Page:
Yeah, I know I'm using up all my posting privleges, but that's how things have been for me this week.
I had posted on Monday about an unexpected serious low followed by a day stuck in the high 200s and low 300s. Thank goodness that passed. I concluded the extreme highs were from a combination of reaction to the low and poor absorption sites.
But I'm not back to normal because I wasn't normal for awhile before that crisis. I normally have pretty decent control Mostly I'm in range with the occasional spike or low.(My last A1C was 5.7) But starting two weeks ago I started having more highs than not, and these highs were at various times related to both to post prandial to basal. The highs weren't extreme, mostly in the high 100s. But high for me. And my correcting didn't seem to be working as well as normal, or I'd correct come down and go back up.
I do tweak my basals occasionally but mainly they work well (I have 9 different rates) and my I:C's have been consistent for months. So what could be causing all the highs? As I said I think I was having poor absorption in my hips which I had probably been using too long. But now I've switched to stomach and it's the same. I switched my insulin vial; I have no reason to think the whole batch was bad as it was fine before. I threw out a pen I'd been using for back-up as it was a year old. I don't have hormone issues as I'm post menopausal. My eating habits are the same and I'm not under stress.No major change in the weather. The only thing left is illness. As I've mentioned on here I rarely get sick and have a super strong immune system. But I have felt a bit like I'm fighting off a cold. My crazy immune system sometimes does that for weeks before I either finally get it or it passes. That could affect control. Finally I had slow onset adult Type 1, but as of 3 years ago when I started insulin my c-peptide was either .38 or .70 so I am assuming it bottomed out pretty much long before this. But who knows; maybe this is the final death march - my insulin use has been fairly low..around 20 TDD, so maybe I'm now "running on empty" and need to up it.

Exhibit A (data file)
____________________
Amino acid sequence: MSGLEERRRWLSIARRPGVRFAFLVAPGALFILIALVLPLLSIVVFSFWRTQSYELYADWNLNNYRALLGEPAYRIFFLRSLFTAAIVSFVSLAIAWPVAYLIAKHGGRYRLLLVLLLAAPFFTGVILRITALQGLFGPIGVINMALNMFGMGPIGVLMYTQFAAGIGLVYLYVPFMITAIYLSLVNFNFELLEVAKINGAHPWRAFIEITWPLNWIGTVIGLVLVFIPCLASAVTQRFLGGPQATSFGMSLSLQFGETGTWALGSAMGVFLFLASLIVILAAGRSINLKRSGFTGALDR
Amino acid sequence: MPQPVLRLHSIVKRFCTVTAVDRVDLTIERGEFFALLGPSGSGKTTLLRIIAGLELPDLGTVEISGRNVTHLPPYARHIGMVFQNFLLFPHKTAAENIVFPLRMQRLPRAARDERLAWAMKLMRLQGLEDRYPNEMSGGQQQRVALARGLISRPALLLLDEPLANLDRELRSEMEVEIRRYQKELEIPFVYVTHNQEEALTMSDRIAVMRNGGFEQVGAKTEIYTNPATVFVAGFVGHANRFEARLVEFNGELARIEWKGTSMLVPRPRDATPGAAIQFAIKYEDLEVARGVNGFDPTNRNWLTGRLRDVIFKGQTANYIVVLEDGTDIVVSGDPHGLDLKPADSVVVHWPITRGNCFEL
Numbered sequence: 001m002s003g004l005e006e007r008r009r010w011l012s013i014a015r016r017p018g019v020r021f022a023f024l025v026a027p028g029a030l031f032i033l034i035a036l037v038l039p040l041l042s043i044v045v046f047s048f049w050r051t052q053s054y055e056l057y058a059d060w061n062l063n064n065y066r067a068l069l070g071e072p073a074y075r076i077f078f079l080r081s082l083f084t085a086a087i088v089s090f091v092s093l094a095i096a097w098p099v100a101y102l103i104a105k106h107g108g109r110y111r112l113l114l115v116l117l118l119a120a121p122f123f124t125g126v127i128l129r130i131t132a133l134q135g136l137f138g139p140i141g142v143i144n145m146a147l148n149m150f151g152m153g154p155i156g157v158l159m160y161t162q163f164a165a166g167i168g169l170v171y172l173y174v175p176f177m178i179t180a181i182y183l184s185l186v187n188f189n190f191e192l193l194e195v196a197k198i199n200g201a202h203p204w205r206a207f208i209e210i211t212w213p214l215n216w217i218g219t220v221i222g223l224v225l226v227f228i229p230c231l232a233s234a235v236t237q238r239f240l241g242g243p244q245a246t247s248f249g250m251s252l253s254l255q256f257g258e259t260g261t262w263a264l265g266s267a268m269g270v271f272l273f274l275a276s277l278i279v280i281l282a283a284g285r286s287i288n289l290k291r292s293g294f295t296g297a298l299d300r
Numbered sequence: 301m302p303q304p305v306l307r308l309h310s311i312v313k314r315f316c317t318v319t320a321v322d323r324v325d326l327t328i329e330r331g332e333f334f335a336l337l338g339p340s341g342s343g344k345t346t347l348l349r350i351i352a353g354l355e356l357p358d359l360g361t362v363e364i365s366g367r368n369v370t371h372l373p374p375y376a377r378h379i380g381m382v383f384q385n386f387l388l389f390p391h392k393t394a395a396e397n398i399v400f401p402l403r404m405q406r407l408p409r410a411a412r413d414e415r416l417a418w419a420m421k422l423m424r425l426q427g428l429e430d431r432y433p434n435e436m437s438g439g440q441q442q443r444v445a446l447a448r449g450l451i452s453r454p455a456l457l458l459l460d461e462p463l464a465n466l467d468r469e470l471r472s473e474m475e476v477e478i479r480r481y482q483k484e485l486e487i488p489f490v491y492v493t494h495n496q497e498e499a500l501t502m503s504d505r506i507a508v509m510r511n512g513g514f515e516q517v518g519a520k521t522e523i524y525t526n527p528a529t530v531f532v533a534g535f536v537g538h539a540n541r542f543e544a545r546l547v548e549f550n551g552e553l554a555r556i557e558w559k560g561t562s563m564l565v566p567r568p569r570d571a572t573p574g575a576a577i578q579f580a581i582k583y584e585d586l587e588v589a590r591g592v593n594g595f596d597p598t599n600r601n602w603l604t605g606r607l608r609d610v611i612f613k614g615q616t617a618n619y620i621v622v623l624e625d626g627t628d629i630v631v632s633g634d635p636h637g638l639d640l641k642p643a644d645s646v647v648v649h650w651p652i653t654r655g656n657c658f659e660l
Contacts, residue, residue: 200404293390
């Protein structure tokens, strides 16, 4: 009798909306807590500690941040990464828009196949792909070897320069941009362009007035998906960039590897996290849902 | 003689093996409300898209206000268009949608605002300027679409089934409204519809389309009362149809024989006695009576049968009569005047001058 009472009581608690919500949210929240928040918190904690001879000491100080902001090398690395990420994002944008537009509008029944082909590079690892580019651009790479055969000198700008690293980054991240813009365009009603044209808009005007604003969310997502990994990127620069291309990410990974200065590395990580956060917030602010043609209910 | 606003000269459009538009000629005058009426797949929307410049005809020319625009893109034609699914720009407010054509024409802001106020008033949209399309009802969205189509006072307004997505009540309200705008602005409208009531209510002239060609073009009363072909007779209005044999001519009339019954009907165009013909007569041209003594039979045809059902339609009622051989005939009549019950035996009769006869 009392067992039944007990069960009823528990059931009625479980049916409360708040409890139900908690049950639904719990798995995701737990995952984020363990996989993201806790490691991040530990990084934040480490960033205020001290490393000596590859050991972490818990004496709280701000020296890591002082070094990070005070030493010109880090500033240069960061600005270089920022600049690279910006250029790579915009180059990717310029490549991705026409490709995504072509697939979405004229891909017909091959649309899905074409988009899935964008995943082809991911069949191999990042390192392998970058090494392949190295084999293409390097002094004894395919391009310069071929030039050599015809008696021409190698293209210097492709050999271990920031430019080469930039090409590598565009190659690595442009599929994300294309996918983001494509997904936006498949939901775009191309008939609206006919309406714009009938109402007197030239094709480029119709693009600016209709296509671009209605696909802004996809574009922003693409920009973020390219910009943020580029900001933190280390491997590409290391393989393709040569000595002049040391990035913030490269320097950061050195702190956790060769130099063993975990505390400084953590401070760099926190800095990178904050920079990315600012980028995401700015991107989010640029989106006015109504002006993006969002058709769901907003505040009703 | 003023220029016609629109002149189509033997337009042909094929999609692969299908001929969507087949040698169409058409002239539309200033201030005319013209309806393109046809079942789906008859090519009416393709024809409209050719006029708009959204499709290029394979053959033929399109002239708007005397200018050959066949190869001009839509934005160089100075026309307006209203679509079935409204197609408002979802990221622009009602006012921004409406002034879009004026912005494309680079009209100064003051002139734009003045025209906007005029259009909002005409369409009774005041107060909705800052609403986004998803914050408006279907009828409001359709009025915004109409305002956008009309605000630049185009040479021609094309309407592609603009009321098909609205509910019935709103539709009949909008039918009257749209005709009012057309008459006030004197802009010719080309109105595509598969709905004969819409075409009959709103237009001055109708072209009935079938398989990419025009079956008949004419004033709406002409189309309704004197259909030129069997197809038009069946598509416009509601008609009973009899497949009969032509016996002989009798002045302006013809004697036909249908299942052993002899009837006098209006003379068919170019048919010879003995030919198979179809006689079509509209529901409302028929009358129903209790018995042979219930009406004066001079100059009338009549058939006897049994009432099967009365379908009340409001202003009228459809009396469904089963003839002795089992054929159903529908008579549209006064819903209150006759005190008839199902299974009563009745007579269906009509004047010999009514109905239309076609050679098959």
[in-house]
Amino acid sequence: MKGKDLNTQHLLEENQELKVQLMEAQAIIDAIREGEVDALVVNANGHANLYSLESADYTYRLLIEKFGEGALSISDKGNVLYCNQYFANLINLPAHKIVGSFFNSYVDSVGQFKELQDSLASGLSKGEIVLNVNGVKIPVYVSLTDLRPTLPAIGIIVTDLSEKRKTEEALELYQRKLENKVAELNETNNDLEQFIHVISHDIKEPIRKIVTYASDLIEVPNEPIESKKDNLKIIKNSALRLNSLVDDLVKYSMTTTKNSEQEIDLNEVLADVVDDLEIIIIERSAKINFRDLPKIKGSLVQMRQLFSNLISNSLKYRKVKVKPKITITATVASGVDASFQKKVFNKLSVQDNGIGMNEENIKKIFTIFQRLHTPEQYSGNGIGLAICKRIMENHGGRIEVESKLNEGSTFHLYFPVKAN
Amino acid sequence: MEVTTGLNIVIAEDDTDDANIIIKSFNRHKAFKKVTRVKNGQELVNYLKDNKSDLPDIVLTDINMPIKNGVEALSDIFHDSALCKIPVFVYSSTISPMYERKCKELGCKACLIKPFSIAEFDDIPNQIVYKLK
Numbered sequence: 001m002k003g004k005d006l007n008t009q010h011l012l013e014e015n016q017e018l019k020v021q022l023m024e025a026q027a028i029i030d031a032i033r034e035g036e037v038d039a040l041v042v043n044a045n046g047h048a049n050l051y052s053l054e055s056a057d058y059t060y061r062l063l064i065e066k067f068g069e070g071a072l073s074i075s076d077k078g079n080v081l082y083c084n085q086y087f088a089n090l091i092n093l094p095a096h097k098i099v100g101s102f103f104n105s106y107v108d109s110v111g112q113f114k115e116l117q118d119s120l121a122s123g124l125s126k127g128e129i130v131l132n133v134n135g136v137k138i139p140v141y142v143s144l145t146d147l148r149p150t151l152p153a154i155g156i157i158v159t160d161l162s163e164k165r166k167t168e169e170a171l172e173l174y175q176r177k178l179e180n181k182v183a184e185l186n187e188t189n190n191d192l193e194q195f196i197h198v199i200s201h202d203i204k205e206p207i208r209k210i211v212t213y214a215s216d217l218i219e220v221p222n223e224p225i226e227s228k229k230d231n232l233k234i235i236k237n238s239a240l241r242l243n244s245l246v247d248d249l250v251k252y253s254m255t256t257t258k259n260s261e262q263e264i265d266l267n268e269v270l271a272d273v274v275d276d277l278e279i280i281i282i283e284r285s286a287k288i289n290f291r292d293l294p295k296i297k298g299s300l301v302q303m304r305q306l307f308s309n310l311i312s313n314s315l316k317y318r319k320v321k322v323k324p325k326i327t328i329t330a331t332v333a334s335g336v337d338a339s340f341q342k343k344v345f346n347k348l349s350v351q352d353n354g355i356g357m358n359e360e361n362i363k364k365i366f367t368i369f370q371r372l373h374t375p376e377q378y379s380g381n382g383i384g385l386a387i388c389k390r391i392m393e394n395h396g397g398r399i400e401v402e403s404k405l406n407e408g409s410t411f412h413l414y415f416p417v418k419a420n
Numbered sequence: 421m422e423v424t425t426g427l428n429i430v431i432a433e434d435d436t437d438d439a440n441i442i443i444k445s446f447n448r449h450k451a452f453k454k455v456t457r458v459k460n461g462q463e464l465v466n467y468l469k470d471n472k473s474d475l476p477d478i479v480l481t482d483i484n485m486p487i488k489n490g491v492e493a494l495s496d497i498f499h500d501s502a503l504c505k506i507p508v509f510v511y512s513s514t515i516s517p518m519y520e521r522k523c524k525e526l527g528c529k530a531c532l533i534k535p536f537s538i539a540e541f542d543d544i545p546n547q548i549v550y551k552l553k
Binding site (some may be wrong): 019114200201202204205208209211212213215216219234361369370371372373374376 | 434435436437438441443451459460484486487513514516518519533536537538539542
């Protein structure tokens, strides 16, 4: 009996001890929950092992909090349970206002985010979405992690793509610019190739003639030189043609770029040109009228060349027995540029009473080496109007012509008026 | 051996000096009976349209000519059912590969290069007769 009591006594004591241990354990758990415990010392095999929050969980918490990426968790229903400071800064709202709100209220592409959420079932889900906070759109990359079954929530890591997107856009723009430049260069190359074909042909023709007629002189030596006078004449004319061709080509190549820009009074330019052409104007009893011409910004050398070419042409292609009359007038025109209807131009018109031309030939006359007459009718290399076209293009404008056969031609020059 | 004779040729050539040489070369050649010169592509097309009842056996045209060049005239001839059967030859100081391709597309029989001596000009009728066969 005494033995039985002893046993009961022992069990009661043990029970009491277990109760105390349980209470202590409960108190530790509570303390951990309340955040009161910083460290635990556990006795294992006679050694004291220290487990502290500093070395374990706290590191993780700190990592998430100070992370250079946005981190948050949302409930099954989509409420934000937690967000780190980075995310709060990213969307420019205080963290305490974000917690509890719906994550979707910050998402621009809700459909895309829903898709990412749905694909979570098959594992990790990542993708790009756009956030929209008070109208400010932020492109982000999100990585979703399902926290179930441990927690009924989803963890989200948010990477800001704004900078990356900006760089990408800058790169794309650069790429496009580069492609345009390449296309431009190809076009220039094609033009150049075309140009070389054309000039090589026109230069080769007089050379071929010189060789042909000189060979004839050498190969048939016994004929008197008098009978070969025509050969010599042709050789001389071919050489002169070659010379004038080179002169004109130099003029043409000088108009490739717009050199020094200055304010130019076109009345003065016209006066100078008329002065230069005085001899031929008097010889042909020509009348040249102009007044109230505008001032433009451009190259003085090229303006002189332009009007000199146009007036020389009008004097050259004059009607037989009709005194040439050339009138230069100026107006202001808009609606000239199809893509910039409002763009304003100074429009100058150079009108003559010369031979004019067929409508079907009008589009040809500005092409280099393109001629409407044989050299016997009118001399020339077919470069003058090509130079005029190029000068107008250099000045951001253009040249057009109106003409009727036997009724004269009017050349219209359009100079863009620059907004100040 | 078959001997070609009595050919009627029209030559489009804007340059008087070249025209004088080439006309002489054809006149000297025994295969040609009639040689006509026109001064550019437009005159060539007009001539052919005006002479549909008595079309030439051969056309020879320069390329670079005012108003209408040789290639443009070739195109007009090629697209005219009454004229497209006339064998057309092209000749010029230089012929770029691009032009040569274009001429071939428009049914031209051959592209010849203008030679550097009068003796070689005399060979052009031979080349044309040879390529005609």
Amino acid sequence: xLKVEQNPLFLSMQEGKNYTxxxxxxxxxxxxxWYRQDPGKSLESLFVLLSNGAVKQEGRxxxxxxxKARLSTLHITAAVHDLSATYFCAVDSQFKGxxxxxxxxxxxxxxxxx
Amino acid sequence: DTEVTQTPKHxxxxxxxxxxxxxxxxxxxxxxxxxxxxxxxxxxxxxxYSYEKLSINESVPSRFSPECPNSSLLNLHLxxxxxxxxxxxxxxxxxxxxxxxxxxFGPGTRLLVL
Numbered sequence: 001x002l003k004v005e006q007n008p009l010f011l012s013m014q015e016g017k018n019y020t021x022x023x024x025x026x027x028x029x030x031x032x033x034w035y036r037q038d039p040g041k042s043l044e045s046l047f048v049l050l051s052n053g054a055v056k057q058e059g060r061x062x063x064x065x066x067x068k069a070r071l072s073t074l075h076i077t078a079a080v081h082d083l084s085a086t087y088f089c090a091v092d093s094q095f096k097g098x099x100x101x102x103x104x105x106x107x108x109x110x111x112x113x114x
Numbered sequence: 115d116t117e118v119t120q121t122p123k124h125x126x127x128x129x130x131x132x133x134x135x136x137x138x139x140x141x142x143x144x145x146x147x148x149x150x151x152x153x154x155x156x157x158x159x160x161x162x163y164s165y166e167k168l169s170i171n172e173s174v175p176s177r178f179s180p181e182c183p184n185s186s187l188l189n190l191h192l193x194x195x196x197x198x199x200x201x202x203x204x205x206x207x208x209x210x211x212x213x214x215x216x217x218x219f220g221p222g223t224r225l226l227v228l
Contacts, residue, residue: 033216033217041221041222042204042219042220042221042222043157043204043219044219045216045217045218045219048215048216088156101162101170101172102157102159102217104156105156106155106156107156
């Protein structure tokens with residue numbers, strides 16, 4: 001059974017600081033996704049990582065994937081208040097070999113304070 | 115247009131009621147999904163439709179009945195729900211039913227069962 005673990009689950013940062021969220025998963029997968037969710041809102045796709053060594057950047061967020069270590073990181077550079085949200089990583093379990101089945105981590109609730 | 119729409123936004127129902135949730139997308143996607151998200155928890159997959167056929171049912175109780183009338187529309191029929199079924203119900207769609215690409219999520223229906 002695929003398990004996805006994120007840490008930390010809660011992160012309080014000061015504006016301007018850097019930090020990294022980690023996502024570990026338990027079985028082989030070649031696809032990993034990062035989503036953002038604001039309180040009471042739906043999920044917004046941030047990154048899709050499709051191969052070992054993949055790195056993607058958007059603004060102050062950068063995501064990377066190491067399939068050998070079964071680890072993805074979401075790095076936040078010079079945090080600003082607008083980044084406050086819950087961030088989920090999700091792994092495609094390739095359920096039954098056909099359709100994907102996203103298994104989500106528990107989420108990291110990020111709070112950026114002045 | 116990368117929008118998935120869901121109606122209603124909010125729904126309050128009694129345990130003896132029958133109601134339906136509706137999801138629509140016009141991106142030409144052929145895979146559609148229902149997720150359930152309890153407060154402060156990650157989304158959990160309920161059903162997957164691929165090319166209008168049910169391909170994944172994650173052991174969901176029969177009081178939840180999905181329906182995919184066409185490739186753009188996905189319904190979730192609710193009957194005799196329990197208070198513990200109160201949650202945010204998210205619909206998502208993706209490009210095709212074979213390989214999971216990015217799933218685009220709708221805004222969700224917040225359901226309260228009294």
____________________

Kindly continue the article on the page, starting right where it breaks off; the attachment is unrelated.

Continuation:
So it could be incubating illness, insulin depletion or some unknown factor. My question is what to do. A few highs are normal for a Type 1 I know and I don't stress over numbers usually. But this is day after day. I do like understanding things. But someone on here once told me something like it doesn't matter why something is happening just what to do about it. So even though my basals and boluses were well set for awhile before this they don't seem to work now, so should I just start slowly tweaking both until I get good results then watch to make sure I don't start having lows when whatever it is goes back to normal? What do you guys think?
I doubt that it is due to changes in endogenous insulin production, I think it is just that the body needs different amounts of insulin to function at different times of the day or the cicadian (spelling? I couldn't spell in English & now in American it is even worse!) rhythms, not just DP.